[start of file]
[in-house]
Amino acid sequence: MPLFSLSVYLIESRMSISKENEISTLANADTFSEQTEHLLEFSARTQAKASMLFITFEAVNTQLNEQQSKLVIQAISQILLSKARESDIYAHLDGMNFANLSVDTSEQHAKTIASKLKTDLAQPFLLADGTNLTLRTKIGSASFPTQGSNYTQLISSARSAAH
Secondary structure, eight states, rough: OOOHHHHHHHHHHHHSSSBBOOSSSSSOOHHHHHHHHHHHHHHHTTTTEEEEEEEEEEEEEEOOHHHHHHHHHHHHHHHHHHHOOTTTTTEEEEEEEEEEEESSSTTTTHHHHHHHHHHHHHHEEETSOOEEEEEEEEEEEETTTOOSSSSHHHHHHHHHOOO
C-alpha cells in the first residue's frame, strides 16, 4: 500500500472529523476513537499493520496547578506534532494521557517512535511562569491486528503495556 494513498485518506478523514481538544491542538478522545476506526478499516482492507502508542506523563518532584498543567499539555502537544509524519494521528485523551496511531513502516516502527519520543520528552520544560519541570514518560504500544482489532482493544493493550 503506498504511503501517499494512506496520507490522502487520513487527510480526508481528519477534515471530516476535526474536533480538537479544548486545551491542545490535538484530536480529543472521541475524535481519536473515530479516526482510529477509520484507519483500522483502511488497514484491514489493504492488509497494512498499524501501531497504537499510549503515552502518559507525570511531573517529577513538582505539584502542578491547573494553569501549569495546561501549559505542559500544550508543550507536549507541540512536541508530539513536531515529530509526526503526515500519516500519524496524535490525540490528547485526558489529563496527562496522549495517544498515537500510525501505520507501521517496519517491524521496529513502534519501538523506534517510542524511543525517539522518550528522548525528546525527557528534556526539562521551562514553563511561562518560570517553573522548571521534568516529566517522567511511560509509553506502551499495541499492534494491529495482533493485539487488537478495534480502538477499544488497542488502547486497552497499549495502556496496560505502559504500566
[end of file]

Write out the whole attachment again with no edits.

[in-house]
Amino acid sequence: MPLFSLSVYLIESRMSISKENEISTLANADTFSEQTEHLLEFSARTQAKASMLFITFEAVNTQLNEQQSKLVIQAISQILLSKARESDIYAHLDGMNFANLSVDTSEQHAKTIASKLKTDLAQPFLLADGTNLTLRTKIGSASFPTQGSNYTQLISSARSAAH
Secondary structure, eight states, rough: OOOHHHHHHHHHHHHSSSBBOOSSSSSOOHHHHHHHHHHHHHHHTTTTEEEEEEEEEEEEEEOOHHHHHHHHHHHHHHHHHHHOOTTTTTEEEEEEEEEEEESSSTTTTHHHHHHHHHHHHHHEEETSOOEEEEEEEEEEEETTTOOSSSSHHHHHHHHHOOO
C-alpha cells in the first residue's frame, strides 16, 4: 500500500472529523476513537499493520496547578506534532494521557517512535511562569491486528503495556 494513498485518506478523514481538544491542538478522545476506526478499516482492507502508542506523563518532584498543567499539555502537544509524519494521528485523551496511531513502516516502527519520543520528552520544560519541570514518560504500544482489532482493544493493550 503506498504511503501517499494512506496520507490522502487520513487527510480526508481528519477534515471530516476535526474536533480538537479544548486545551491542545490535538484530536480529543472521541475524535481519536473515530479516526482510529477509520484507519483500522483502511488497514484491514489493504492488509497494512498499524501501531497504537499510549503515552502518559507525570511531573517529577513538582505539584502542578491547573494553569501549569495546561501549559505542559500544550508543550507536549507541540512536541508530539513536531515529530509526526503526515500519516500519524496524535490525540490528547485526558489529563496527562496522549495517544498515537500510525501505520507501521517496519517491524521496529513502534519501538523506534517510542524511543525517539522518550528522548525528546525527557528534556526539562521551562514553563511561562518560570517553573522548571521534568516529566517522567511511560509509553506502551499495541499492534494491529495482533493485539487488537478495534480502538477499544488497542488502547486497552497499549495502556496496560505502559504500566